Abusive head trauma (AHT) is the leading cause of traumatic death and disability in early childhood, affecting at least 690,000 children annually in the United States. AHT is missed or unrecognized in 30% of head-injured children and more than 25% of children with unrecognized AHT suffered additional inflicted injuries. Ten percent of children with unrecognized AHT subsequently died or were killed?80% of whom could have been saved by earlier recognition of abuse.8 A flawed decision to launch an abuse evaluation can increase parental stress, expose the child to additional risks, prolong hospital stays, and increase health care costs.9,10 Doctors who care for young victims of trauma must make important decisions to launch or forgo child-abuse evaluations when presented with head-injured children. These decisions can be difficult, and the stakes are high. Unfortunately, doctors routinely struggle to define a ?reasonable suspicion? of abuse and have demonstrated inherent biases related to child age, race, marital status, and socioeconomic status. The principal investigator (Hymel) conceptualized, designed, and directed sequential multicenter studies to derive and validate an effective AHT screening tool in the form of a clinical decision rule (CDR)?an evidence-based tool developed specifically to guide a discrete decision in the continuum of AHT care. Though the CDR has shown promise in preliminary studies, it has not yet been subjected to a formal randomized trial, which is the purpose of this project. The proposed CDR trial will demonstrate the CDR's impact on AHT screening accuracy, hypothesizing that CDR application will increase AHT detection and reduce unnecessary abuse evaluations. We will conduct a stratified cluster randomized trial (SCRT) at eight US pediatric intensive care units (PICUs) randomly assigned to intervention (n = 4) or control (n = 4) conditions. The SCRT will compare AHT screening accuracy after the deployment of active multifaceted implementation strategies designed to promote CDR acceptance, utilization, and accuracy at the intervention sites (Aim 1). In addition, the SCRT will determine what?if any?site-, provider-, and patient-specific factors predict CDR application in PICU settings (Aim 2). Once the SCRT has concluded, we will conduct a 12-month sustainability trial at intervention sites, systematically repealing the implementation strategies one by one to discern their relative importance to sustainability (Exploratory Aim 3). We anticipate that this simple, inexpensive, and reliable CDR will decrease the negative impacts of physicians' inherent biases and practice disparities, significantly increase AHT detection, decrease unnecessary abuse evaluations (and their associated risks), and reduce AHT-associated healthcare costs. Most importantly, the CDR will save lives?the lives of children who will otherwise suffer additional fatal inflicted injuries if/when their AHT is missed or unrecognized.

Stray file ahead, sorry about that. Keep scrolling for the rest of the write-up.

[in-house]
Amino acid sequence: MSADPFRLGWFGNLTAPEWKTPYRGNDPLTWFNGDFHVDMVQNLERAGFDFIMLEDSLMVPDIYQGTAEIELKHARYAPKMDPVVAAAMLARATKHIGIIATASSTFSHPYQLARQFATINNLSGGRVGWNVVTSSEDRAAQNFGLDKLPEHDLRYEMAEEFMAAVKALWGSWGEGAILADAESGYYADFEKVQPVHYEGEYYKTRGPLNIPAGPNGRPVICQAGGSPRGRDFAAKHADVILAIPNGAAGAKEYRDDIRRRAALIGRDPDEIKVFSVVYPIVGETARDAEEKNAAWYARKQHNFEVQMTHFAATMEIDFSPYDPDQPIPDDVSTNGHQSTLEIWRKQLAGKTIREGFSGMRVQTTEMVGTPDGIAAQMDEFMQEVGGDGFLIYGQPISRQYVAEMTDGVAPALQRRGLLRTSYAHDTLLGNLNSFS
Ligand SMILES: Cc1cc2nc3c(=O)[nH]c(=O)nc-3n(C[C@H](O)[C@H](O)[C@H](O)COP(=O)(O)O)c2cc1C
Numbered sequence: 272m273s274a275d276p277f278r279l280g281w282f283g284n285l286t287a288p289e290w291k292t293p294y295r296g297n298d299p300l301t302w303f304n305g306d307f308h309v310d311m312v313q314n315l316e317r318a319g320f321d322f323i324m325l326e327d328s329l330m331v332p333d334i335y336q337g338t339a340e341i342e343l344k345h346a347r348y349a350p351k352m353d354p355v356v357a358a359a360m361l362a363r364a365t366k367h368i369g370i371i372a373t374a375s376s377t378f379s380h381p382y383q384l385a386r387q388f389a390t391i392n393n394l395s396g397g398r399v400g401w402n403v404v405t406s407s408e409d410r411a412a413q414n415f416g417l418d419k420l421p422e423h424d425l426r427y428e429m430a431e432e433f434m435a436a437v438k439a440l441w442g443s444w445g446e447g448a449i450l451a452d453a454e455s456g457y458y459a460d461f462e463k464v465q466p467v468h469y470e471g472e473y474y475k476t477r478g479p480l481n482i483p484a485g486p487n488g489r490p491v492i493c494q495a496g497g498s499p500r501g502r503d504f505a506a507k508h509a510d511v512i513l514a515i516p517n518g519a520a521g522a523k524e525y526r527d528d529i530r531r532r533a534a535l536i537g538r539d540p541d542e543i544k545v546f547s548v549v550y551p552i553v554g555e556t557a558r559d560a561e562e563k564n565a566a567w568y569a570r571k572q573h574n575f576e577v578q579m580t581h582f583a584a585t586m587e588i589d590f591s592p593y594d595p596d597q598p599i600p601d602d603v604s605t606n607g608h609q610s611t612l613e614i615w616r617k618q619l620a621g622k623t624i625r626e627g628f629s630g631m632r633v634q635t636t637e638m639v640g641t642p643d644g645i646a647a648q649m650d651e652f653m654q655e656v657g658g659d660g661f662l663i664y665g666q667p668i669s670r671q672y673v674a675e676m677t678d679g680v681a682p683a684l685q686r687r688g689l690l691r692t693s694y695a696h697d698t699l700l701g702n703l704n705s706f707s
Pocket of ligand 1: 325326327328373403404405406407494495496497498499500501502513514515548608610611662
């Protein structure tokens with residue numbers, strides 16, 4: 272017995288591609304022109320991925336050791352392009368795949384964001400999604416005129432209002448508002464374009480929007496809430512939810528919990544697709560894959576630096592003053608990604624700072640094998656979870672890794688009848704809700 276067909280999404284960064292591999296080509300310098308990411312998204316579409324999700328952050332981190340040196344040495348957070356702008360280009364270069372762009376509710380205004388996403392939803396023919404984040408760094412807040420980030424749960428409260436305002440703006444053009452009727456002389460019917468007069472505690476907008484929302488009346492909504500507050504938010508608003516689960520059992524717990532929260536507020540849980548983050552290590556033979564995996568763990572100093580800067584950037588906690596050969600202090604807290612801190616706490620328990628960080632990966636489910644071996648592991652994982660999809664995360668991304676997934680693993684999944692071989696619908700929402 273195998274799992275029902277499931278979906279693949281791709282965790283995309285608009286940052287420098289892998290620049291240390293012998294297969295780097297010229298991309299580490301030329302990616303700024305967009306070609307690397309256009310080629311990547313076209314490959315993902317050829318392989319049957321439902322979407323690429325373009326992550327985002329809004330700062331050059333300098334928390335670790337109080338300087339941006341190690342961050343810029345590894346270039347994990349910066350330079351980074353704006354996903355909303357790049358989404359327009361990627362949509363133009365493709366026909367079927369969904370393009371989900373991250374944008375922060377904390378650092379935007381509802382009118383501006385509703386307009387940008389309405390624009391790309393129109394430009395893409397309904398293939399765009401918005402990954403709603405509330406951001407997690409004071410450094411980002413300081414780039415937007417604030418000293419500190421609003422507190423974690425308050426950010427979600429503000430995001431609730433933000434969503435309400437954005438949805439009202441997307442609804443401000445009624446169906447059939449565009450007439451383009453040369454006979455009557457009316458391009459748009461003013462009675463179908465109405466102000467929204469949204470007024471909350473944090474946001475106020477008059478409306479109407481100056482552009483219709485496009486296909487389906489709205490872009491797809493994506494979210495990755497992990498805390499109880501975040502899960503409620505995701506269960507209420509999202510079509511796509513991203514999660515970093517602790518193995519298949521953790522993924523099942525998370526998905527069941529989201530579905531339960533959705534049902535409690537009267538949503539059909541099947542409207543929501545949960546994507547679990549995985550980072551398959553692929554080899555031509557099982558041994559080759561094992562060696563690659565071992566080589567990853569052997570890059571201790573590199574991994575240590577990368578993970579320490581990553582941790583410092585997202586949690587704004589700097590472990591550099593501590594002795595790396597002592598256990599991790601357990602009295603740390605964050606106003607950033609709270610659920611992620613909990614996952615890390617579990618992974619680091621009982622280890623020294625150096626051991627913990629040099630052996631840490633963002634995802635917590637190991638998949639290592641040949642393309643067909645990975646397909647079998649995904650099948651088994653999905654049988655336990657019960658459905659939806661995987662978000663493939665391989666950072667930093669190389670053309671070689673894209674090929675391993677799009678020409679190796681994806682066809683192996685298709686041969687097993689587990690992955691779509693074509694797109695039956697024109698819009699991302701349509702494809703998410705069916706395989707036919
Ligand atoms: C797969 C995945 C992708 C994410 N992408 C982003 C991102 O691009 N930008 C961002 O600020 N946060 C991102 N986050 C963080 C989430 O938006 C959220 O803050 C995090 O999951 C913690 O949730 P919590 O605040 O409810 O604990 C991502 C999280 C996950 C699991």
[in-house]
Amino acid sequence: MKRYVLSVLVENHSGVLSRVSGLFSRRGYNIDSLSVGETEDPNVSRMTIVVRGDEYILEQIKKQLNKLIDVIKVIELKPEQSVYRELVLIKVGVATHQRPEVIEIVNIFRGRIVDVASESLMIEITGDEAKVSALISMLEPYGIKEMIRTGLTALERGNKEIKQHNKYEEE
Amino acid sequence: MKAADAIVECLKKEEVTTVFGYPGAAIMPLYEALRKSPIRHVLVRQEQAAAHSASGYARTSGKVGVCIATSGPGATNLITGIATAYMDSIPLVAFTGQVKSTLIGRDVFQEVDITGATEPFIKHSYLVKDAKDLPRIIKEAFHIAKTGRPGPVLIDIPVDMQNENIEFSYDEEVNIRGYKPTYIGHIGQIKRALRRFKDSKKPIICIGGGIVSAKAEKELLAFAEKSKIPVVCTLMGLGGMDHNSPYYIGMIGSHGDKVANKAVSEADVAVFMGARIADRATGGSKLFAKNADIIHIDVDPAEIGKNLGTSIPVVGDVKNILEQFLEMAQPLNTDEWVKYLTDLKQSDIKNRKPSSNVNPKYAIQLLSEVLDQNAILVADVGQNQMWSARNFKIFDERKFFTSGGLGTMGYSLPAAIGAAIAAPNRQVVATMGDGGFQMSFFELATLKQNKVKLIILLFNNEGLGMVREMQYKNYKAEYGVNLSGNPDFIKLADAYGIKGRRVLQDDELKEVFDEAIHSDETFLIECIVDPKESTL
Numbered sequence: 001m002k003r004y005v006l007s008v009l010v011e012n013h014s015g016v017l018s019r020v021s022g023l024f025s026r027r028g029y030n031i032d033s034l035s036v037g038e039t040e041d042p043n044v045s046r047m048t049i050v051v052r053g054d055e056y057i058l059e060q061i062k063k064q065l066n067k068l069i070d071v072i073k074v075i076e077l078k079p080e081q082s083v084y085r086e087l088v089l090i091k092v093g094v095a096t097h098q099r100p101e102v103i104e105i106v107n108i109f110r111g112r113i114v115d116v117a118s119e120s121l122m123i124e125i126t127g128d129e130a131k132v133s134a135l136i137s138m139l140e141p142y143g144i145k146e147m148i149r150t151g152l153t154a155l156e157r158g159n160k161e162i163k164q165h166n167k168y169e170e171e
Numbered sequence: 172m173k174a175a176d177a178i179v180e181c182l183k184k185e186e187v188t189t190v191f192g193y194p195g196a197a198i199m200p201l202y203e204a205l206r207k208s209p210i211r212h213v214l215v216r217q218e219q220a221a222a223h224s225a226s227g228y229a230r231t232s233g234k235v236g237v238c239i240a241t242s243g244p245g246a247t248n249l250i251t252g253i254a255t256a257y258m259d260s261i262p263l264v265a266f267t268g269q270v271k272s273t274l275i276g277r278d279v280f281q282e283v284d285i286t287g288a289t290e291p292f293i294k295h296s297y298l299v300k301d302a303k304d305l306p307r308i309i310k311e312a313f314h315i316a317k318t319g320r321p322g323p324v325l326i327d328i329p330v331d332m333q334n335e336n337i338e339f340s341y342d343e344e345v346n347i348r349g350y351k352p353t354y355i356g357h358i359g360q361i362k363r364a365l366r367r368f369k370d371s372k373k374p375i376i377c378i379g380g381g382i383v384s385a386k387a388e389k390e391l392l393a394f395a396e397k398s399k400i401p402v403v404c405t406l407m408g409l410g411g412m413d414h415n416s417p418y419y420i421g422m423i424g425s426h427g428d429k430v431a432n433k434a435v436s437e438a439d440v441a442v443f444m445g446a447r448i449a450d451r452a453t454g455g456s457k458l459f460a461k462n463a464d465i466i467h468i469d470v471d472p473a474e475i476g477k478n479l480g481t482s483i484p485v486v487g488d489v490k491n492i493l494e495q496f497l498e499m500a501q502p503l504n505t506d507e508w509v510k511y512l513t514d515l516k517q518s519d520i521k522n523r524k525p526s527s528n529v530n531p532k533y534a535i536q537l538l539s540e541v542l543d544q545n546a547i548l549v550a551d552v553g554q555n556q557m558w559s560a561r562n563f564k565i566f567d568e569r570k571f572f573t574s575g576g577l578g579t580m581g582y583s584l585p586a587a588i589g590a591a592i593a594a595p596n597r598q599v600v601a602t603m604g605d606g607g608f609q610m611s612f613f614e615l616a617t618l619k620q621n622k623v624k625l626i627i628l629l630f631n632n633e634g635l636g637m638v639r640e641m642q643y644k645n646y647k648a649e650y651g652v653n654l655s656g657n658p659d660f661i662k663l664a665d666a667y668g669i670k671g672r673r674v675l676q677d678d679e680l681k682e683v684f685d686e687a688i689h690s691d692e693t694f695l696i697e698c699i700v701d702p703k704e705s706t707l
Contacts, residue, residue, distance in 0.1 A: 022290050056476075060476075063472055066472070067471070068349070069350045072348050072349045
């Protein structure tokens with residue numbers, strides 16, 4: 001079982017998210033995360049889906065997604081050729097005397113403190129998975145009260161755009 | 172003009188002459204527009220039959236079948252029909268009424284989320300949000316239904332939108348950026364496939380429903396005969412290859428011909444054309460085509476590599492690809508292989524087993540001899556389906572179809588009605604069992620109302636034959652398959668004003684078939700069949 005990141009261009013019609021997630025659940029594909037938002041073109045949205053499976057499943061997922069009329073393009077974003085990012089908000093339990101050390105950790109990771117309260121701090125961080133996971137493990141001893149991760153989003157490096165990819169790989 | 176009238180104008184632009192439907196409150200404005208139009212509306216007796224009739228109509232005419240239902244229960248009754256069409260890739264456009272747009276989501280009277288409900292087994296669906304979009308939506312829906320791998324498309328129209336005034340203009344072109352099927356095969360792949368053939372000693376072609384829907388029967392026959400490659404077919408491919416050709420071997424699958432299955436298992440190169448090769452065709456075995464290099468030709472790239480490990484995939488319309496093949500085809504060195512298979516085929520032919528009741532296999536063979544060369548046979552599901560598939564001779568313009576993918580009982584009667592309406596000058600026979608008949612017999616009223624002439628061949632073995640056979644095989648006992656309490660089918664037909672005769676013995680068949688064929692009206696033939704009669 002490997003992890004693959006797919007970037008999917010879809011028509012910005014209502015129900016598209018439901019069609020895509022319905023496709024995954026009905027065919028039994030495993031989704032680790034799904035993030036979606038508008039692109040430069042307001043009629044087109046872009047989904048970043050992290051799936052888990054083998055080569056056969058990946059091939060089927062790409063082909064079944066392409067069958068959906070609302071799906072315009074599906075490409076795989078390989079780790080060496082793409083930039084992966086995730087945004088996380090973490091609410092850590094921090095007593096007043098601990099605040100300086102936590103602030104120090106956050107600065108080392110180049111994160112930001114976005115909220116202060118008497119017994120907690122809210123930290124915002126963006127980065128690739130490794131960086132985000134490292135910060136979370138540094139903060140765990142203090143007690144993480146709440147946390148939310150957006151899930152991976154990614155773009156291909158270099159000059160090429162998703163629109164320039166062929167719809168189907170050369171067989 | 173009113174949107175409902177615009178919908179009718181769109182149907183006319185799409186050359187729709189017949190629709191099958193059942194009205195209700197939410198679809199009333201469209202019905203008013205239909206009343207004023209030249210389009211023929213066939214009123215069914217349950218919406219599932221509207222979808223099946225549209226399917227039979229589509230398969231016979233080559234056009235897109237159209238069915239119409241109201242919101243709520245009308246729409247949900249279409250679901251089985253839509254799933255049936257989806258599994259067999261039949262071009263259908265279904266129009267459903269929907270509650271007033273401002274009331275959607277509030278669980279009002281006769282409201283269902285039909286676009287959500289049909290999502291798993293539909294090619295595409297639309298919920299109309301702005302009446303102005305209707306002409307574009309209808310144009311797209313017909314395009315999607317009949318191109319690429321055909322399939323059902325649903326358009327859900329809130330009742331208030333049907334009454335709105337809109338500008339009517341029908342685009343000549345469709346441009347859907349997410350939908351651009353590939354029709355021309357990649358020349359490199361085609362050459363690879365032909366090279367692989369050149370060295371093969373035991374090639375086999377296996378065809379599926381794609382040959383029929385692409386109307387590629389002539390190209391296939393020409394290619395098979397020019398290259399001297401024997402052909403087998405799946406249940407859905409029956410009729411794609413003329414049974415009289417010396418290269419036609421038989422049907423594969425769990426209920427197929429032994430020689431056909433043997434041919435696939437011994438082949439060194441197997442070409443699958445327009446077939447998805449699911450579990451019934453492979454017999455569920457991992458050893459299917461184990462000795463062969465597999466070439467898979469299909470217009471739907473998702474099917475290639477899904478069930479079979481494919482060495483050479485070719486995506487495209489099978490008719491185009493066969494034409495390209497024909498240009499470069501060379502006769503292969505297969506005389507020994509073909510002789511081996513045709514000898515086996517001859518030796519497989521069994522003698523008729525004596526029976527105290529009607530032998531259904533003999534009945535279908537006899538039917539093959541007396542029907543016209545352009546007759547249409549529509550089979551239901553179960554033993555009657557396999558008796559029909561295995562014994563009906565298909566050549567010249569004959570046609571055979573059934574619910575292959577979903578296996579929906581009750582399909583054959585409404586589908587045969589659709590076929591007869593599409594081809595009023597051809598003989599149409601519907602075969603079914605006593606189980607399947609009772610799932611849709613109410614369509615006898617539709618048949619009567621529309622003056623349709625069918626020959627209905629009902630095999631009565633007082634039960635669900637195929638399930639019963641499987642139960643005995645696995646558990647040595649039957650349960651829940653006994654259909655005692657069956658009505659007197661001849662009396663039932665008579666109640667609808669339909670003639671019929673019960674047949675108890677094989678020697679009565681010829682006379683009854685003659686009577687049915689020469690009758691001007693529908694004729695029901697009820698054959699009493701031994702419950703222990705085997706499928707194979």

|Effective start/end date
|4/15/17 → 3/31/22
- National Institute of Child Health and Human Development: $90,790.00
- National Institute of Child Health and Human Development: $147,362.00
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